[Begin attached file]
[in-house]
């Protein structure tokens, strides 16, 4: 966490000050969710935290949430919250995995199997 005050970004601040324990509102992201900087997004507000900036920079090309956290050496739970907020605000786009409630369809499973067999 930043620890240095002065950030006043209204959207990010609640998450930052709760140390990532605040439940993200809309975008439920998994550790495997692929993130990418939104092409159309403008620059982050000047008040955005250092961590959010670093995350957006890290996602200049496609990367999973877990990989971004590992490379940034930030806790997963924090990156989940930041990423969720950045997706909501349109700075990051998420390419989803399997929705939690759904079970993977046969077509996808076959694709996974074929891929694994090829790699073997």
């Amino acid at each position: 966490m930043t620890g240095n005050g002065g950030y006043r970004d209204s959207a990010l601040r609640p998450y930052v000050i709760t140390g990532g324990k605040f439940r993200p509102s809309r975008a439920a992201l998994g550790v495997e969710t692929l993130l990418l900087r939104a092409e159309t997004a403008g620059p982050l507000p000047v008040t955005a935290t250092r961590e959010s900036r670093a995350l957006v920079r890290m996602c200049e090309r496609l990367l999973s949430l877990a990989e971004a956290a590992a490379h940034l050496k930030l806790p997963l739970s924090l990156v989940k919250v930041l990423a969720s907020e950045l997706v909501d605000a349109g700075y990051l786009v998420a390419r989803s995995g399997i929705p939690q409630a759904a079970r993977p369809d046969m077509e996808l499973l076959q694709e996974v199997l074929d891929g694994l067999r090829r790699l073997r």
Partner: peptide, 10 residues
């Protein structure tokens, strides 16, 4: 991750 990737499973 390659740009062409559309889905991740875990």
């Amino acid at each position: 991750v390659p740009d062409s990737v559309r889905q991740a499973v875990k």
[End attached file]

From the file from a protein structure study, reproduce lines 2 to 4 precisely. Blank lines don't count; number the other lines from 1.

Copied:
């Protein structure tokens, strides 16, 4: 966490000050969710935290949430919250995995199997 005050970004601040324990509102992201900087997004507000900036920079090309956290050496739970907020605000786009409630369809499973067999 930043620890240095002065950030006043209204959207990010609640998450930052709760140390990532605040439940993200809309975008439920998994550790495997692929993130990418939104092409159309403008620059982050000047008040955005250092961590959010670093995350957006890290996602200049496609990367999973877990990989971004590992490379940034930030806790997963924090990156989940930041990423969720950045997706909501349109700075990051998420390419989803399997929705939690759904079970993977046969077509996808076959694709996974074929891929694994090829790699073997």
């Amino acid at each position: 966490m930043t620890g240095n005050g002065g950030y006043r970004d209204s959207a990010l601040r609640p998450y930052v000050i709760t140390g990532g324990k605040f439940r993200p509102s809309r975008a439920a992201l998994g550790v495997e969710t692929l993130l990418l900087r939104a092409e159309t997004a403008g620059p982050l507000p000047v008040t955005a935290t250092r961590e959010s900036r670093a995350l957006v920079r890290m996602c200049e090309r496609l990367l999973s949430l877990a990989e971004a956290a590992a490379h940034l050496k930030l806790p997963l739970s924090l990156v989940k919250v930041l990423a969720s907020e950045l997706v909501d605000a349109g700075y990051l786009v998420a390419r989803s995995g399997i929705p939690q409630a759904a079970r993977p369809d046969m077509e996808l499973l076959q694709e996974v199997l074929d891929g694994l067999r090829r790699l073997r």
Partner: peptide, 10 residues